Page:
05/22/2008 11:00PM

Staying the course with Kip Deville

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ELMONT, N.Y. - With Big Brown having completed yet another routine gallop Friday morning in preparation for his run at the Triple Crown in the June 7 Belmont Stakes, trainer Richard Dutrow Jr. opted to turn his attention to a couple of the other stars in his stable.

Dutrow made the 8 1/2-mile drive from Belmont Park to Aqueduct, where he put reigning Breeders' Cup Mile winner Kip Deville through a leisurely five-furlong workout in 1:05.86 over the Big A main track. It was Kip Deville's first breeze since he won the Grade 1 Maker's Mark Mile at Keeneland on April 11.

"He's been pulling awfully hard in his gallops, maybe this will settle him down some,'' Dutrow said while standing along the rail at Aqueduct.

Though Kip Deville looks fit enough to run relatively soon, Dutrow remains steadfast in his plan to wait until the Woodbine Mile on Sept. 7 for the horse's next start. The Woodbine race would be Kip Deville's prep for the Breeders' Cup Mile at Santa Anita on Oct. 25.

"If he can win those two races it's another great year for Kip Deville,'' Dutrow said. "That's all we're kind of zeroing in on.''

Asked if it would be hard to keep Kip Deville from racing between now and September, Dutrow said, "No. Simple.''

Rudy Rodriguez was aboard Kip Deville. After he got off that horse, Rodriguez jumped on Benny the Bull, Dutrow's multiple-stakes -winning sprinter, who galloped once around Aqueduct's main track. Benny the Bull, who won the Dubai Golden Shaheen on March 29, is pointing to the Grade 2 True North Handicap on Belmont Stakes Day.

After Benny the Bull completed his gallop and was back in his stall, Dutrow went up to him, patted him on the head and said, "Benny, you look like a little tank out there, buddy.''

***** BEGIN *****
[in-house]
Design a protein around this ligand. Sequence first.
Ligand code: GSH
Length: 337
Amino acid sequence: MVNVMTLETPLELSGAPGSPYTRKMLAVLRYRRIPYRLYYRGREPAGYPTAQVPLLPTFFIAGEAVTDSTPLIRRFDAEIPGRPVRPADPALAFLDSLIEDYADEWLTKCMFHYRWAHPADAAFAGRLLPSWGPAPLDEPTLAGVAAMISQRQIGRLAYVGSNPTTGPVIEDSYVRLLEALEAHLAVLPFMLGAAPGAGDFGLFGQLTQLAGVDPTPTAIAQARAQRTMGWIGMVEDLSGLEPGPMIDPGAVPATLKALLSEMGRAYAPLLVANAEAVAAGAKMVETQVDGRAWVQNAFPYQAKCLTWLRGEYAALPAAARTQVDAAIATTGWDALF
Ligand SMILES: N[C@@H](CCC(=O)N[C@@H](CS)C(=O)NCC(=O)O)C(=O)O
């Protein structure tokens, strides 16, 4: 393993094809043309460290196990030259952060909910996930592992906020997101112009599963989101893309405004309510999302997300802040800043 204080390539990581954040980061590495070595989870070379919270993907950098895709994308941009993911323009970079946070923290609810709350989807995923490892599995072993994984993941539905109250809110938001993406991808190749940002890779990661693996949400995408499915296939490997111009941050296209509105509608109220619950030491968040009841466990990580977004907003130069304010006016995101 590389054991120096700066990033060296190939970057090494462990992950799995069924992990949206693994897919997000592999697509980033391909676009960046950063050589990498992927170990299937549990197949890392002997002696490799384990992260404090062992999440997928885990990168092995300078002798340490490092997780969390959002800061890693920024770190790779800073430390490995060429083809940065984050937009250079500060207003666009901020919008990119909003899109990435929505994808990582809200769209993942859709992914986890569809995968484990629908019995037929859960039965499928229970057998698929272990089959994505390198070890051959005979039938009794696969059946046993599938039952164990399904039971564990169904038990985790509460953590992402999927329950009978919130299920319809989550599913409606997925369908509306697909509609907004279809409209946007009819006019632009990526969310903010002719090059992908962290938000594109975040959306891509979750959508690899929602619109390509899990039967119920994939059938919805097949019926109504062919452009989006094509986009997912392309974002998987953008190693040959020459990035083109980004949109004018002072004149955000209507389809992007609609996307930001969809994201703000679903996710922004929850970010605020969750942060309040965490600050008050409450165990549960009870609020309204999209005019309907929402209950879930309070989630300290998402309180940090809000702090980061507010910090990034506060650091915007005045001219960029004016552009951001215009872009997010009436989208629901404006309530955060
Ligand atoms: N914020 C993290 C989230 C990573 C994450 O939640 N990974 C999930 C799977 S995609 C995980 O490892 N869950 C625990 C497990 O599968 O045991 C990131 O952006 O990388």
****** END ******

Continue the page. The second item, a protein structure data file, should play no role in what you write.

Dutrow looked in on the other 40-plus horses he has at Aqueduct before gathering his belongings and driving back to Belmont, where he would win with 1 of his 4 starters on the card.

Music Note impressive in return

It was only a first-level allowance race, but Music Note signaled she could be a factor in the 3-year-old filly division the remainder of the year with a powerful seven-length victory on Thursday.

Music Note, a half-sister to the Grade 1 winner Musical Chimes, ran one mile in 1:35.92 and earned a Beyer Speed Figure of 97. She was making her first start since she won a maiden race by 7 1/4 lengths last Nov. 1 at Aqueduct.

"We expected a good race, but I didn't think she'd win like that because I thought this was a good field and I hope it was,'' said Rick Mettee, who oversees Godolphin Racing's New York string. "Obviously, she pulled a perfect trip.''

On Friday, Mettee said that Music Note sustained a "little nick behind her right knee,'' most likely caused when a horse next to her in the gate acted up. Mettee said it wouldn't require stitches and that Music Note probably would not miss any training time.

"It filled up a little bit, but not a big deal,'' Mettee said.